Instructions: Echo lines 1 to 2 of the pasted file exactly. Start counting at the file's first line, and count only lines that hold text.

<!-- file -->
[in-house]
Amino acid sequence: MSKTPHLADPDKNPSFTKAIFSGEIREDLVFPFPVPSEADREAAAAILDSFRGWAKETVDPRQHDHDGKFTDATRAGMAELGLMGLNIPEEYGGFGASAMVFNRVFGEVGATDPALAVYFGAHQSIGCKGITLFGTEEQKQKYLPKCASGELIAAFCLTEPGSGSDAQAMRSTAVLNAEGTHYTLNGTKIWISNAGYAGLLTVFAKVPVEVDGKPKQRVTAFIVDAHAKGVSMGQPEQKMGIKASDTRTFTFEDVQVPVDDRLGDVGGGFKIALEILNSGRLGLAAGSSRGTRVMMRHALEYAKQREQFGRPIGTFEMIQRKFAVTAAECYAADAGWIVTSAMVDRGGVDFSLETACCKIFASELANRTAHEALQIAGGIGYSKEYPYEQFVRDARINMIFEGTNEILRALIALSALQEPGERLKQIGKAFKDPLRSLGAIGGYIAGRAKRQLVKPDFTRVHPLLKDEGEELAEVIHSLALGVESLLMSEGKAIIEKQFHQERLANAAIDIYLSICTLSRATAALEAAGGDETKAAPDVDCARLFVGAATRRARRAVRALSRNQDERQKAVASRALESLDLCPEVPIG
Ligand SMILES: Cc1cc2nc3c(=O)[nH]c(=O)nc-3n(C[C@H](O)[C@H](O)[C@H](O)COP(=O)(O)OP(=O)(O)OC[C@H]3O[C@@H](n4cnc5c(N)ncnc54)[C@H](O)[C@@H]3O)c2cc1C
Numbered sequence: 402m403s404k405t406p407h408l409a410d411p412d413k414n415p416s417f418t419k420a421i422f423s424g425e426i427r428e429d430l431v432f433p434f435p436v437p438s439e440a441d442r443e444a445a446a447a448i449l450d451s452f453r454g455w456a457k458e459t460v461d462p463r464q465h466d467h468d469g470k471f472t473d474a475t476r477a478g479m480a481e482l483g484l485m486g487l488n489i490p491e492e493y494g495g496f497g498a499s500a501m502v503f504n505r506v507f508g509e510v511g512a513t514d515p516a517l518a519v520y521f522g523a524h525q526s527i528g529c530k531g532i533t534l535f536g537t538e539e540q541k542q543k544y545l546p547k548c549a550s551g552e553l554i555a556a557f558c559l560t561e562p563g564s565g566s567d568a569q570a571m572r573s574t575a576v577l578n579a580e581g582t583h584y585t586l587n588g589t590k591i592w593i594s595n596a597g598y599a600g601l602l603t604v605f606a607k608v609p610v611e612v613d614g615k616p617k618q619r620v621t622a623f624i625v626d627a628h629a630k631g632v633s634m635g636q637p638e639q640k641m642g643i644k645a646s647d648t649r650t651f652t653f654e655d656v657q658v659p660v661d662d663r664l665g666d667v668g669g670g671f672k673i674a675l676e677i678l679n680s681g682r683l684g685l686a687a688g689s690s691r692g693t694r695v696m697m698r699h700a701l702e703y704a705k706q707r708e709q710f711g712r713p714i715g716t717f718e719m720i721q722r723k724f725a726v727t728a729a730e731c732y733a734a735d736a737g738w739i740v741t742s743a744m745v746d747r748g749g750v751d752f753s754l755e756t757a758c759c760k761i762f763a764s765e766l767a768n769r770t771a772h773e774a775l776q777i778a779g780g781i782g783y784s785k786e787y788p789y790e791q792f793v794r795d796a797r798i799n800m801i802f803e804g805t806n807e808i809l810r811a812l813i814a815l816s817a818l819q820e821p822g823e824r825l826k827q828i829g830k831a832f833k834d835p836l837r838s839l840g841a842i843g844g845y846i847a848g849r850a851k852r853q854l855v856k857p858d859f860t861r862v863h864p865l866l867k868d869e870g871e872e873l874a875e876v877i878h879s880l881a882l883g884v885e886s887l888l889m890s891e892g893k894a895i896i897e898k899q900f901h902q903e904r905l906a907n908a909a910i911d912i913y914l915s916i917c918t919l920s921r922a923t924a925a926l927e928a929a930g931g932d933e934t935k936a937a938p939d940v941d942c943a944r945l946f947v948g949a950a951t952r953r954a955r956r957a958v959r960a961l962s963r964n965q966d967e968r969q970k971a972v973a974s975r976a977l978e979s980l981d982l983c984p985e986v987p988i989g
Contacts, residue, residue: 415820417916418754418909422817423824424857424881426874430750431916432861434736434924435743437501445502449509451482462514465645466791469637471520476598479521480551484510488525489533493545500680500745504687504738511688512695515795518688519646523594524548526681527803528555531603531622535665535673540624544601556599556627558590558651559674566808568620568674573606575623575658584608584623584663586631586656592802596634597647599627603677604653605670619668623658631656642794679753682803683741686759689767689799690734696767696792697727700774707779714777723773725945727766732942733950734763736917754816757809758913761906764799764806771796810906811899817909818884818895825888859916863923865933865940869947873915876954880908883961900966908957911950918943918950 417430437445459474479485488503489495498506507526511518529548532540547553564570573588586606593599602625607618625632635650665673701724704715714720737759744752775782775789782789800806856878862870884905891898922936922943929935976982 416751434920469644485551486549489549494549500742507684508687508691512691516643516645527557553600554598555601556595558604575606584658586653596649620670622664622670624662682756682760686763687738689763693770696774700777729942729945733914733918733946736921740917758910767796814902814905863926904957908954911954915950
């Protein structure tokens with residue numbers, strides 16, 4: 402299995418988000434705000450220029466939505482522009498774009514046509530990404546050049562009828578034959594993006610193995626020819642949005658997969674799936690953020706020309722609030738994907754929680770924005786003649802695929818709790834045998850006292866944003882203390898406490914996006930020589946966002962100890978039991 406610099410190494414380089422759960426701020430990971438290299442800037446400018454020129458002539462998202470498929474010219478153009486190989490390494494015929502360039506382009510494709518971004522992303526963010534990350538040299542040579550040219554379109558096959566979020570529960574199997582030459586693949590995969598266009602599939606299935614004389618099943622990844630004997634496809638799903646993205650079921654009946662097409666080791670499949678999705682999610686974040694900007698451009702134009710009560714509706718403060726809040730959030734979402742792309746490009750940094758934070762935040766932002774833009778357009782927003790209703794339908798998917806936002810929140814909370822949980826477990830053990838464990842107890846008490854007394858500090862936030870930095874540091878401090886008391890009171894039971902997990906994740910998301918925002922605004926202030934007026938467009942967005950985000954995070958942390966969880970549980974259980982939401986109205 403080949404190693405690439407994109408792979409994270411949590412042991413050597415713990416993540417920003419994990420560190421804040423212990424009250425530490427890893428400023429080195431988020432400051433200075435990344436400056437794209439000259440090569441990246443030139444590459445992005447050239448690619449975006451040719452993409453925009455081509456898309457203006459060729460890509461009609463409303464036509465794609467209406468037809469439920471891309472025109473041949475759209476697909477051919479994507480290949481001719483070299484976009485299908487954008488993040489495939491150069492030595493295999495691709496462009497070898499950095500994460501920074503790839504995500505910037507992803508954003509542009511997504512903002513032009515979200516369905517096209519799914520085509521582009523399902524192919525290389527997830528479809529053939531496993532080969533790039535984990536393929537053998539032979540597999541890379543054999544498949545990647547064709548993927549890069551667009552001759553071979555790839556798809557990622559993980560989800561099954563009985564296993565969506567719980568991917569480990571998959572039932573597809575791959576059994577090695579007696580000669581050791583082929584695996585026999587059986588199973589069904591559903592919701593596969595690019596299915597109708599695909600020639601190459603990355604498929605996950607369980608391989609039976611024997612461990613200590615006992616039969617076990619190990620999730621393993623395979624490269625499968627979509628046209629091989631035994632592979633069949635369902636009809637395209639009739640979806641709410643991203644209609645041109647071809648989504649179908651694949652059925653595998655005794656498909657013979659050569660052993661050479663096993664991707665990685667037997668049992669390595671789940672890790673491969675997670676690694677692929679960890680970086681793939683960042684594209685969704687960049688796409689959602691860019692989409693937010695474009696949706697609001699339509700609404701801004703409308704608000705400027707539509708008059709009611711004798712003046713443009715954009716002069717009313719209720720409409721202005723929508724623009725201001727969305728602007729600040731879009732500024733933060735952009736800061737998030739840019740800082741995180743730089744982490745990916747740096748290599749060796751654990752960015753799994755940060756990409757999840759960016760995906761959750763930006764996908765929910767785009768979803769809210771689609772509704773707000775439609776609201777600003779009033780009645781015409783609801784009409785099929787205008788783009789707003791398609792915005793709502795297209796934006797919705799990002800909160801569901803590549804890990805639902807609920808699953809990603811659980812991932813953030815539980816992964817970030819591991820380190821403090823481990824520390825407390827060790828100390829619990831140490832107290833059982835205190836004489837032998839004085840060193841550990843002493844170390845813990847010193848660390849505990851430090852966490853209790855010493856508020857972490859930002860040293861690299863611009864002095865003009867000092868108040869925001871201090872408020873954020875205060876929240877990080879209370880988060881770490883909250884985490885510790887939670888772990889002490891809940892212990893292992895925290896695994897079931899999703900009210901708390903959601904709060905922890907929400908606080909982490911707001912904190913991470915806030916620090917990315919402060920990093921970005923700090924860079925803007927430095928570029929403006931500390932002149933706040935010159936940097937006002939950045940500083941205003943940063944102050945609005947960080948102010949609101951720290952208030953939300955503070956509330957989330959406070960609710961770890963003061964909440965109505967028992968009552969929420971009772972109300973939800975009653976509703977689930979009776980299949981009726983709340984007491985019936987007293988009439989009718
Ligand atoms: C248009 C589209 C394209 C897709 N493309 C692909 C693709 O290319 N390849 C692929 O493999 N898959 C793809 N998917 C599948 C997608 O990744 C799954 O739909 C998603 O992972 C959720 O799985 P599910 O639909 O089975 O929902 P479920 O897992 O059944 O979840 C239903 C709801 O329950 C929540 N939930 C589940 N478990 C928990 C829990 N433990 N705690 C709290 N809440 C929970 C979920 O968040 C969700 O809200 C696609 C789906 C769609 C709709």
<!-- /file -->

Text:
[in-house]
Amino acid sequence: MSKTPHLADPDKNPSFTKAIFSGEIREDLVFPFPVPSEADREAAAAILDSFRGWAKETVDPRQHDHDGKFTDATRAGMAELGLMGLNIPEEYGGFGASAMVFNRVFGEVGATDPALAVYFGAHQSIGCKGITLFGTEEQKQKYLPKCASGELIAAFCLTEPGSGSDAQAMRSTAVLNAEGTHYTLNGTKIWISNAGYAGLLTVFAKVPVEVDGKPKQRVTAFIVDAHAKGVSMGQPEQKMGIKASDTRTFTFEDVQVPVDDRLGDVGGGFKIALEILNSGRLGLAAGSSRGTRVMMRHALEYAKQREQFGRPIGTFEMIQRKFAVTAAECYAADAGWIVTSAMVDRGGVDFSLETACCKIFASELANRTAHEALQIAGGIGYSKEYPYEQFVRDARINMIFEGTNEILRALIALSALQEPGERLKQIGKAFKDPLRSLGAIGGYIAGRAKRQLVKPDFTRVHPLLKDEGEELAEVIHSLALGVESLLMSEGKAIIEKQFHQERLANAAIDIYLSICTLSRATAALEAAGGDETKAAPDVDCARLFVGAATRRARRAVRALSRNQDERQKAVASRALESLDLCPEVPIG